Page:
Red Road Winery Review
Address: 4050 Summerhill Square Texarkana,Texas 75503.
Phone Number: 903-792-9463
Tasting Hours: Mon-Wed 10:00-9:00, Thurs-Sat 10:00-11:00, Sun 1:00-7:00
Reviewer: Becky Parr
Review Date: 4/21/2014
Reviewer: Becky Parr
I ended up loving Red Road Winery. But the first thing Red Road did was lead me on a bit of a wild goose chase.
Let me explain so you won’t be confused like I was!
First of all, don’t confuse Red Road Winery with Red Road Vineyard (like I did). They’re the same people, but two entirely different places. Red Road Winery, which is ultimately where I ended up, is in Texarkana, and has only been open about a year. Red Road Vineyard, which is where I thought I was supposed to be going, is in Naples, Texas, decidedly off the beaten path if you’re trying to stop there on the way from Dallas to Hot Springs, Arkansas, like we were.
Here’s what happened.
Somehow I only looked at the website for Red Road Vineyard. The map told me Naples wasn’t too much of a detour off I-30, so we decided to make that our Friday afternoon stop on the way to a weekend in Hot Springs. Yes, I saw a blurb on the website about visiting their new tasting room in Texarkana. Right below that, it said hours 12-5 on Saturdays. Somehow my little brain thought the new tasting room in Texarkana was open 12-5 on Saturdays, and that the vineyard location had more extended hours. It turns out I had it backwards.
So, to make a long story a tad shorter, we took the scenic route to Naples and found their 1890s building all locked up tight, with nary a soul in sight. I called the winery and discovered my error. So we re-routed to Red Road Winery in Texarkana, since it was on our route anyway.
The Place:  Plan changes irritate me. I don’t adapt well. This is a flaw in my personality of which I am aware. I share it just to demonstrate my frame of mind going into Red Road Winery. Because of the wild goose chase, and the fact that my original plan was thwarted, I didn’t want to like Red Road Winery. But once I was there, I had to like it.
Both my husband and I have history in Texarkana, either living there (him) or visiting former in-laws (me). If you’re familiar with Texarkana at all, you know that the state line (Texas-Arkansas) literally runs down the middle of the town, and that you can’t buy liquor on the Texas side. No liquor. Zip. Zero. So, knowing this, I was quite interested to see how someone had managed to open a winery on the Texas side.
Not only did they open a winery this place isn’t just a tasting room, it’s a fairly good-sized wine bar and wine store. I walked in and got a super-surprised look on my face, I’m sure. There are lots of tables, a seating area with sofas, a place for a band to set up, and televisions. I could see this as a definite after-work go-to place. And there’s lots of wine to buy!
The People:  Our server was Claire. She was super sweet and very tolerant of all our questions. The first thing we had to know was whether the liquor laws had changed they haven’t and how they managed to open a winery! Apparently they found a loophole. Since they’re only selling wine, and it’s made from grapes, they can slide in as an agriculture-related business. Apparently agriculture trumps alcohol. Who knew? Anyway, I seriously applaud the cleverness of that move, and Red Road definitely has a corner on the market.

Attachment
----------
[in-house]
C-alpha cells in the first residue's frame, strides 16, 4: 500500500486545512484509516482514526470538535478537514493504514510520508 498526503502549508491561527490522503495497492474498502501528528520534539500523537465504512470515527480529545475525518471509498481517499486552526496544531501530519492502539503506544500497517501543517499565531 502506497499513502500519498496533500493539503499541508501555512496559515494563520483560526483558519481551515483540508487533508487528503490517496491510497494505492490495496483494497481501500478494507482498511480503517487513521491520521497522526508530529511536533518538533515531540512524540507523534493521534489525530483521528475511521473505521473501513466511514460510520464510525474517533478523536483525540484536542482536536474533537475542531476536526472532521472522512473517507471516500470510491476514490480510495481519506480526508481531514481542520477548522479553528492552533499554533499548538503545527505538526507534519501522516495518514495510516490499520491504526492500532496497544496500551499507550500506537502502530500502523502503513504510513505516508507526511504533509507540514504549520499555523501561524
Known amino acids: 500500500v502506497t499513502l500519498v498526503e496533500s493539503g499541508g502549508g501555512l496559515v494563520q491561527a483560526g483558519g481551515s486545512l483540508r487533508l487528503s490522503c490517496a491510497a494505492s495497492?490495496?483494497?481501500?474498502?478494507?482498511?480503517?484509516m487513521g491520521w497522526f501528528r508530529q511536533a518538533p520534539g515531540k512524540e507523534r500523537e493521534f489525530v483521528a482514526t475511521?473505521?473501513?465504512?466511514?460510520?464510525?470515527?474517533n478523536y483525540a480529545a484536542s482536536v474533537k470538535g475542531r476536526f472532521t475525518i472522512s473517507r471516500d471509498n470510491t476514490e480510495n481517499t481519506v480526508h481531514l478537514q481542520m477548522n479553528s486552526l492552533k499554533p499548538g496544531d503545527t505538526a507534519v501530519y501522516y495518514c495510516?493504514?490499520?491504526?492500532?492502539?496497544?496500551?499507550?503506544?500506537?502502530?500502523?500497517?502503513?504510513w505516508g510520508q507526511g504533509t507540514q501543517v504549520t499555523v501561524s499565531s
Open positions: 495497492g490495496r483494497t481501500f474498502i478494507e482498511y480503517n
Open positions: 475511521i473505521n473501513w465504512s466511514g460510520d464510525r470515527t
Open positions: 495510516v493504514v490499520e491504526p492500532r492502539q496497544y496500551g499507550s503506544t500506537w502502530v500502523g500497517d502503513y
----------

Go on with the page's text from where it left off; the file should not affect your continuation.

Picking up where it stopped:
There were a lot of patrons in the winery on this Friday; it was early evening, so they were beginning to get the after-work crowd. Every time Claire came back to us, we had more questions. Poor girl! But she was great about it, and she always knew the answers. We had a lot of fun with her. There’s a lot of art on the winery walls, of wildly different styles. Claire told us that they display the work of many local artists, which I think is super cool.
The Wines:  Red Road Winery serves not only their own wines, but they also have a large selection of other Texas wines, and recently they started offering what they call wines of the world. Since they are the only wine bar in town, I certainly understand that. They represent at least 45 wineries at any given time, and their selection changes. But we told Claire we wanted to sample Red Road’s wines (because, frankly, I had to write this article, although I didn’t mention that at the time!).
The Red Road wines have Celtic names. They appear unpronounceable (well, Claire knew how) but I think that’s cool. We first sampled Fion, which was similar to Pinot Grigio. It had a great nose, kind of floral with some peach overtones, and was off dry, with more peach (or maybe peach skin) on the finish. It wasn’t quite cold enough, I didn’t think. But I think it would be a nice summer wine.
The signature red is a Merlot blend with a touch of sweet and black cherry flavors. Claire described it as a crowd-pleaser. The Dearg (there’s the Celtic again) is a Cabernet Sauvignon; if you are accustomed to drinking Cabernet from other areas of the country, don’t expect Texas Cabs to taste like that. They’re much lighter because of the heat, so this is more like a Pinot Noir. This one did fill out a little after the first sip.
That was all the Red Road wines Claire had on hand, but we got five tastes, so Claire set us up with a Messina Hof Cabernet Franc, which would be good with spicy food or pasta. I felt that needed time to open up and might benefit from some age. We had a Texas Hills Vineyard Cabernet Sauvignon that was peppery and pleasant.
The Experience:  Except for the geographical runaround which was pretty much my own fault I really enjoyed Red Road. I wish it had been around when I was visiting ex-in-laws!